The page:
“I want to make sure that all of our designs are cohesive with the rest of the line, as well as with what our company image portrays. I’m responsible for selecting the colors and fabrics. I also work with our seamstresses, cutters and manufacturers to ensure that each garment is held to our standards in both appearance and quality. I am also responsible for booking models for all of our photo shoots, fashion shows and promotional events. I basically have the chance to work in all areas of a fashion company. It’s an invaluable experience.”
After reshuffling the original lineup of the company, Ashley Taylor and, most recently, Lopez were brought on. Taylor, 24 and a UNR grad, is mainly on the business administration side, while Lopez contributes designs.
“I have a class with Oona at UNR, and one day she told me she liked my clothes and asked where I got them, and when I told her I made them, she told me I should come in to Dirty Laundry to show David and Ashley some clothing samples,” Lopez says. “I came in and was so nervous and excited I could barely speak. But I pulled it off, and a few days later, I was offered a position as a designer for the company.”
Lopez thinks there will be a future with Dirty Laundry for everyone involved. “I would have never committed myself to this company if I didn’t think that it was going to be super-high in demand,” she says. “I’ve already seen some samples, which have really motivated me to step up to the plate when it comes to making my final designs. I really see this company taking off. It’s reasonable prices for really urban, trendy and gorgeous items.”
The Dirty Laundry press kit pegs the company’s target audience as the 18- to 29-year-old sector, but the most likely customers will probably be only the wildest of the bunch. The lingerie is unabashedly sheer and the designs provocative, to say the least.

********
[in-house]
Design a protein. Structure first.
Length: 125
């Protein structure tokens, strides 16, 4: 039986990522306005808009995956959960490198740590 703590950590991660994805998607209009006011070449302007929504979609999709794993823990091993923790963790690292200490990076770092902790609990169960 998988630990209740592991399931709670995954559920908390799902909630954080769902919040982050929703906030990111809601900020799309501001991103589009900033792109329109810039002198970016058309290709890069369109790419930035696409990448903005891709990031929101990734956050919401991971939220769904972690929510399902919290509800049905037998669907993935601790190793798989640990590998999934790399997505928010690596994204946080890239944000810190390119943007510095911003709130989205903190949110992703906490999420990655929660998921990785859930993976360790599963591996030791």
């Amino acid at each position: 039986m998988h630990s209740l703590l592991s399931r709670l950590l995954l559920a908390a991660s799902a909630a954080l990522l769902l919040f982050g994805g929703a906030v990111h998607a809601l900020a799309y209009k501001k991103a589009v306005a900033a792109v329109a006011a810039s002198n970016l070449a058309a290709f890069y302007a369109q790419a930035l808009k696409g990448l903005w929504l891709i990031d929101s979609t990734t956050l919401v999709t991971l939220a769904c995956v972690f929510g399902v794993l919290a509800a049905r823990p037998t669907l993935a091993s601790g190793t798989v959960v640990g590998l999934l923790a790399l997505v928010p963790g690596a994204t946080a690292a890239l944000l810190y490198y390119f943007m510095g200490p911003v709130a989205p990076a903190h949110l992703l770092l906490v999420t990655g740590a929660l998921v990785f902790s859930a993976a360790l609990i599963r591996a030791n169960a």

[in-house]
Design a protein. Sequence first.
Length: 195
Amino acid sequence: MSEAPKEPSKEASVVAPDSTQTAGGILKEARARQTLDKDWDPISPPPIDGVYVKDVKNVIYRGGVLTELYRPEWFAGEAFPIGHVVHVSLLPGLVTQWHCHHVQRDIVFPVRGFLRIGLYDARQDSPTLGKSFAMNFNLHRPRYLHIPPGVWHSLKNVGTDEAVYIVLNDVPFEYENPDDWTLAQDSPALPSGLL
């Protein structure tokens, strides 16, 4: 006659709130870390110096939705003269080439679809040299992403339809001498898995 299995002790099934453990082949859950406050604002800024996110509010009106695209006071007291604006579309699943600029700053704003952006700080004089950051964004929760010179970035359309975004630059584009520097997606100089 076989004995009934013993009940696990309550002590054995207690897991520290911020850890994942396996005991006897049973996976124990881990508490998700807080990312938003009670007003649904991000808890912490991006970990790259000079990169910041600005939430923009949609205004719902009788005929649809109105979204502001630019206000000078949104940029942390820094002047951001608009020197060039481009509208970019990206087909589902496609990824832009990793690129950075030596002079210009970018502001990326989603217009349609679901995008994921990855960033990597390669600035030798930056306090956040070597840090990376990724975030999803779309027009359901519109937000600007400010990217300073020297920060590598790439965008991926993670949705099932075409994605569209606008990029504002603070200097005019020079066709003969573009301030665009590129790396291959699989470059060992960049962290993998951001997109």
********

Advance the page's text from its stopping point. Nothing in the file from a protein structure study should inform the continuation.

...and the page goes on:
From the company’s overview: “Dirty Laundry is a company that believes the female form should be exemplified; glorified through fabulously mix-matched fabrics that scream originality and sexy, sultry confidence. As a group run by women, Dirty Laundry provides pure design, voice and sultry suggestion. Rock the scantily clad!”
“Our designs are definitely very intimate and sexy and are made to fit in the smallest corners of a woman’s body,” explains Sapunor-Pfaff. “The first collection, Small Talk, is lingerie that is sheer, colorful and flirty. It is meant to be layered and is comfortable enough to be worn under your everyday clothes, to bed or to be shown off. The second collection, Risque, is even sexier. The garments are made from satins, silks and other luxurious fabrics. The pieces are all very intricate and offer a more couture-esque approach to the lingerie.”
Though the lingerie the Dirty Laundry team is striving to produce is clearly not meant for shy, conservative types, they just may be onto something that all women can appreciate. The models the company hires for their photo shoots and product shots are beautiful and refreshingly healthy looking. Their bras aren’t meant to pad and push-up to make a woman into something she’s not, but to enhance the natural beauty of what’s already there. The company describes itself with words like “sassy” and “original.” It’s not important to the company to focus on what a man wants to see on a woman’s body.
“This company is designed by women, for women, never losing touch with the feminine side,” says Sanchez. “We’re developing a culture, a lifestyle. We’re looking to enhance a woman’s body, never to exploit it. Dirty Laundry is adamant about being body-image positive.”